What can states do on climate? 

By Emmanuel Alcantar, Media & Communications Fellow
February 16, 2022

Adapting to the changes and preventing the worst impacts of climate change will require coordination between all levels of government. States can lead the charge on an equitable clean energy future - but they can also block progress and hold us back. Paying attention to what's happening at the state level can be challenging, so we're here to help. 

Here's a primer on the many different ways states can step up as climate leaders.

Why do states matter? Not all politics is national.

Federal efforts in Congress get all of the attention, despite overwhelmingly failing to deliver results. That’s why most of the meaningful action being taken right now is actually at the state level.

Just in the last few years:

  • Nevada passed a 100% clean energy unanimously through their state legislature
  • Maine passed a statewide Green New Deal with massive support from labor unions.

  • Illinois recently passed the most equitable climate legislation in the country.

  • Virginia was the first southern state to commit to 100% clean energy.

  • Nebraska committed to 100% clean energy by 2050
  • And more! 

And, when legislation does pass at the federal level, it's up to states legislators to implement them in a way that is appropriate for their community. You can find your state legislator’s climate voting record on our scorecard (we’ll discuss this more later).

So what can states do on climate specifically?

States occupy a critical space between local government implementation and Federal ambition. States have enormous power to control decisions about housing, transportation, energy, agriculture, industry, and environmental justice.

Housing: Gas stoves and heating in buildings alone accounts for about 13% of emissions. States can update building codes to require on-site solar energy, they can provide funding to make housing more energy efficient and save people money on energy bills, and they can incentivize all-electric new buildings powered by the sun and wind. They can also end single-family zoning restrictions in most neighborhoods, build more housing, and incentivize transit-oriented development to dissuade people from driving. California just recently passed SB 9 which will allow for the construction of duplexes and lot splitting.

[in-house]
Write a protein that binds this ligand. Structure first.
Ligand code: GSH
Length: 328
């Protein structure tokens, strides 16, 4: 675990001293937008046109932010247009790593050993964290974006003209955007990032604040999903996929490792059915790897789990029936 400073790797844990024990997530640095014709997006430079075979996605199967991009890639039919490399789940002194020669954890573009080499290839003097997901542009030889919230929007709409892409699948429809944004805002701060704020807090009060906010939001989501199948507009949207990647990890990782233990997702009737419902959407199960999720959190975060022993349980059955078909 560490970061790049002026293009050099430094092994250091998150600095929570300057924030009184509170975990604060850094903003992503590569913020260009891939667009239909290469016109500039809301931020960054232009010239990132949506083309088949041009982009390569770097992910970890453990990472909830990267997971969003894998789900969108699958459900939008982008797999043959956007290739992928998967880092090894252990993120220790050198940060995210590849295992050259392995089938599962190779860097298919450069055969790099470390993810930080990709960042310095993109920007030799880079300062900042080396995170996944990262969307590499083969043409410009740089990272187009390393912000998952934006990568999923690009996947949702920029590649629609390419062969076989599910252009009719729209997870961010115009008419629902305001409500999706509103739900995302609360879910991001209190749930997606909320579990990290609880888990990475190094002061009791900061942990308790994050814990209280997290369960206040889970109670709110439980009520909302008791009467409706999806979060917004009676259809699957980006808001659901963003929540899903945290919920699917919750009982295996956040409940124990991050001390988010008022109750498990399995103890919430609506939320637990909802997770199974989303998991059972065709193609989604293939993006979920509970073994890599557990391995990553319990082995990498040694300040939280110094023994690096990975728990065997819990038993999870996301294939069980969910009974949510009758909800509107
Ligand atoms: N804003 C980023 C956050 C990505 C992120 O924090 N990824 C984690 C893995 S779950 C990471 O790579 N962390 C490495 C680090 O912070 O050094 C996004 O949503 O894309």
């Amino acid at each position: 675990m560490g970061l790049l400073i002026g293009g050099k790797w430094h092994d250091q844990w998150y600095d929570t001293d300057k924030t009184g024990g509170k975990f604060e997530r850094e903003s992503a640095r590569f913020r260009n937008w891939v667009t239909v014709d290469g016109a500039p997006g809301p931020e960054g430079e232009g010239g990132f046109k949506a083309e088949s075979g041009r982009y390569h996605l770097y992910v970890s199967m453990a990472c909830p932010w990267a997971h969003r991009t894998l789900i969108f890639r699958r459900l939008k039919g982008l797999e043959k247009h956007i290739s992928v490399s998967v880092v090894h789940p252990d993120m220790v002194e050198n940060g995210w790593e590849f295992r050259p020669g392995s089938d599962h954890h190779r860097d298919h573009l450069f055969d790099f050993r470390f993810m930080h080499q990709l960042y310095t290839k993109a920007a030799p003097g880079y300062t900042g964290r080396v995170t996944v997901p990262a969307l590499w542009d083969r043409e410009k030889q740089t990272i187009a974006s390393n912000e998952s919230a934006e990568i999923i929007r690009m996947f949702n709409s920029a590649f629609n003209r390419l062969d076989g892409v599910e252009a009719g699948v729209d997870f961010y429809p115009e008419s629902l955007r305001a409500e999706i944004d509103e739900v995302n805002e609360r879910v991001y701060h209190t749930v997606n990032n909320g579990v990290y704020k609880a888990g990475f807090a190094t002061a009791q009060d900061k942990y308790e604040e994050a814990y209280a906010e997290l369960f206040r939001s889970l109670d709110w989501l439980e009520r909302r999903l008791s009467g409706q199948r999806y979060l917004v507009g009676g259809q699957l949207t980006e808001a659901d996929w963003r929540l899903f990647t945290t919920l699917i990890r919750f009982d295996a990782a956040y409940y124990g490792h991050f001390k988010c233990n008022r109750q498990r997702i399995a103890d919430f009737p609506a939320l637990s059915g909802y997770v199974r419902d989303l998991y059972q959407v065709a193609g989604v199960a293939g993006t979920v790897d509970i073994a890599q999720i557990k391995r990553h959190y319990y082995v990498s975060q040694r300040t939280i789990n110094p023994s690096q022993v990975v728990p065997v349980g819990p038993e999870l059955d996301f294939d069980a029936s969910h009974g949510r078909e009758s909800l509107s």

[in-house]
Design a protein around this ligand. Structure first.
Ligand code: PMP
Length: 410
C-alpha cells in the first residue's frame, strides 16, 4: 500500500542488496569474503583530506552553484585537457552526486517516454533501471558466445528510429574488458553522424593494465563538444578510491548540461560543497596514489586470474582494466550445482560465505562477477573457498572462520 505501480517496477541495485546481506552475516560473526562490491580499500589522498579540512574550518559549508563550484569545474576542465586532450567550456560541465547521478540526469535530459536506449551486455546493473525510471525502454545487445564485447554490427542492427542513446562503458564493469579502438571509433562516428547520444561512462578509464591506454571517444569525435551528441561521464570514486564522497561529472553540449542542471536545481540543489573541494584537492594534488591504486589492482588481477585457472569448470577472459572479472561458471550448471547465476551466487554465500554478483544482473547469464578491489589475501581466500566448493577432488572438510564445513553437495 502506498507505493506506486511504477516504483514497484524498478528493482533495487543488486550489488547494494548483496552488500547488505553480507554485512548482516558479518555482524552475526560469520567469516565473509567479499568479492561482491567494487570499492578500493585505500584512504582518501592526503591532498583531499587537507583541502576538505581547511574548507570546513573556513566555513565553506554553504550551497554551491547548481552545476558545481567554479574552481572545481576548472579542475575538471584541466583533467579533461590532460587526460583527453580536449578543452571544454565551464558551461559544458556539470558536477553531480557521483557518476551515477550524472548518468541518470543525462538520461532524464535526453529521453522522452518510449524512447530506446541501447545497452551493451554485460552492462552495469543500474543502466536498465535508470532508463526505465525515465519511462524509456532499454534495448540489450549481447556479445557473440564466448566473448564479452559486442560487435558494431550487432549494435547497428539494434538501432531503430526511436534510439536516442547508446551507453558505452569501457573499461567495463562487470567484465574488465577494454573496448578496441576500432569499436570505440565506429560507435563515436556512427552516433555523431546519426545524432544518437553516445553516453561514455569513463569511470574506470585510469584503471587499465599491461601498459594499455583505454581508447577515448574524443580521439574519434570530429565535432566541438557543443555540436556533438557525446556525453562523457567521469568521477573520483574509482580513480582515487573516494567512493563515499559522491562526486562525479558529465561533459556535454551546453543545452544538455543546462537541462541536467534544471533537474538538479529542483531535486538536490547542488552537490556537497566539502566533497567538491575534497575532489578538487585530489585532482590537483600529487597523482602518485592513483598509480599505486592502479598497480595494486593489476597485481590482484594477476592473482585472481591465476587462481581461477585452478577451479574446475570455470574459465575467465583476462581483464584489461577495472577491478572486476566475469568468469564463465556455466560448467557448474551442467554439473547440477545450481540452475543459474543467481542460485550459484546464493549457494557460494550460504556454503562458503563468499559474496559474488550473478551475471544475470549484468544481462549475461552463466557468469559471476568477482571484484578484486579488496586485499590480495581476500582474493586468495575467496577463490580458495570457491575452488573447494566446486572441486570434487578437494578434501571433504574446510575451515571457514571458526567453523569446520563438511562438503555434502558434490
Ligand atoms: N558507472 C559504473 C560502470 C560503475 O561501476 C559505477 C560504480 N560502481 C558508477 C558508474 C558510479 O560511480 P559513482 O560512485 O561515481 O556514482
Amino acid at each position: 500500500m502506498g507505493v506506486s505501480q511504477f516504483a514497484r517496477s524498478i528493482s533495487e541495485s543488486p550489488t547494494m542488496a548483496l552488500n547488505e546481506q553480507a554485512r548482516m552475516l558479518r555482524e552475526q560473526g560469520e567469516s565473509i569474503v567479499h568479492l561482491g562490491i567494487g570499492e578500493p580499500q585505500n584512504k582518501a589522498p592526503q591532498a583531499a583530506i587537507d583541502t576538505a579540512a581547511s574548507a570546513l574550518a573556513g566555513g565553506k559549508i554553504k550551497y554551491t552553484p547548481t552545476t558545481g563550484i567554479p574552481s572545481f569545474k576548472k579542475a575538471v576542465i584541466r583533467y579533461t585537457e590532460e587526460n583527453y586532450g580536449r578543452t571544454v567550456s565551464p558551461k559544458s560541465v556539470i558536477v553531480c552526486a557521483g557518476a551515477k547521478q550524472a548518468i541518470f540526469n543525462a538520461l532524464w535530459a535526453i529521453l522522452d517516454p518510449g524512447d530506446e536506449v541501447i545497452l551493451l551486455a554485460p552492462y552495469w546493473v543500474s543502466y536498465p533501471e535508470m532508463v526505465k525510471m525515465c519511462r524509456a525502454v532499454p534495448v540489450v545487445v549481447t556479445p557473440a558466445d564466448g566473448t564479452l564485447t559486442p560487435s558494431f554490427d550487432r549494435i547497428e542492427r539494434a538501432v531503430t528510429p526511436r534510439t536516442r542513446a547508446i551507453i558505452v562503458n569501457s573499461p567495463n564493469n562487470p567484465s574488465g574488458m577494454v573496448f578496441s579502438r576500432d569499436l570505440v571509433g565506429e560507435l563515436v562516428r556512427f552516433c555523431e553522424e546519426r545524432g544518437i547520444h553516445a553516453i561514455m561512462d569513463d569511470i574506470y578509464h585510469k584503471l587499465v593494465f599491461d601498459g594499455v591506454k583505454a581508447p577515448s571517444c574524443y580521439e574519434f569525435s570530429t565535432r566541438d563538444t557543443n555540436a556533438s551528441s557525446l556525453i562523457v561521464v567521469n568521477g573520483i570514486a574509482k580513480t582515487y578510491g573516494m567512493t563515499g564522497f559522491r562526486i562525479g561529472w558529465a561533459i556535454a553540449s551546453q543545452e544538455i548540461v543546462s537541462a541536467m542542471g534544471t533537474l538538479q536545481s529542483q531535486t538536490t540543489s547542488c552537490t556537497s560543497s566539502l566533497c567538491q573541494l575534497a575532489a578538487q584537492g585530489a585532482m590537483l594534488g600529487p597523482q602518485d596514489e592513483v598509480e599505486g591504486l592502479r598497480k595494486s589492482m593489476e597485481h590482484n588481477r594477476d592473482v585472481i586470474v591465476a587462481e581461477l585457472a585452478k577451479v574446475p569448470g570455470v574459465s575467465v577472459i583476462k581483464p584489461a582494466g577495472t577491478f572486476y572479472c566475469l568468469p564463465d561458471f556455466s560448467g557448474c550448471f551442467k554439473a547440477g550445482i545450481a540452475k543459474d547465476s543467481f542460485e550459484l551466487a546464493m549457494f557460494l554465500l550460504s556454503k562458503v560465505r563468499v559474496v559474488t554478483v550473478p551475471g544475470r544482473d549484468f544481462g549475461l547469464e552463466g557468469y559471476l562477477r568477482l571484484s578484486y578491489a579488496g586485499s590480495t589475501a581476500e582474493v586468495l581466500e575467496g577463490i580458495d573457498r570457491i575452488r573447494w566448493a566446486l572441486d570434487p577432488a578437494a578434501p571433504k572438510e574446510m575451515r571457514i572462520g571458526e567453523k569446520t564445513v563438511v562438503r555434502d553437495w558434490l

Transportation: Transportation generates the largest share of emissions at 29%. In order to cut pollution from cars, states can provide incentives for buying electric vehicles (EVs), set funding for EV charging infrastructure, and expand public transportation and bike/pedestrian infrastructure to provide better non-driving alternatives. 12 states have also adopted California’s Low-Emission and Zero Emission Vehicle Standards, which requires manufacturers to reduce tailpipe pollution and start selling more electric cars.

Energy: Electricity is the second highest source of emissions in the US (25%), and since electricity powers our buildings, electric cars, and more - making sure this electricity comes from renewable sources is the first step towards a clean energy system. Renewable Portfolio Standards (RPS) set by states have helped drive almost 50% of all renewable energy growth in the US to date! In addition to setting clean and renewable energy requirements like RPS, states can streamline permitting of renewable energy projects, ensure that wind and solar get a fair shot in the energy market, incentivize renewable projects, and hold utilities accountable to clean energy and energy efficiency goals. For example, in Washington State, they implemented a clean energy standard by 2045 and reformed their utilities to switch to a performance-based model, incentivizing energy efficiency, renewable energy, and equity in the utility business model.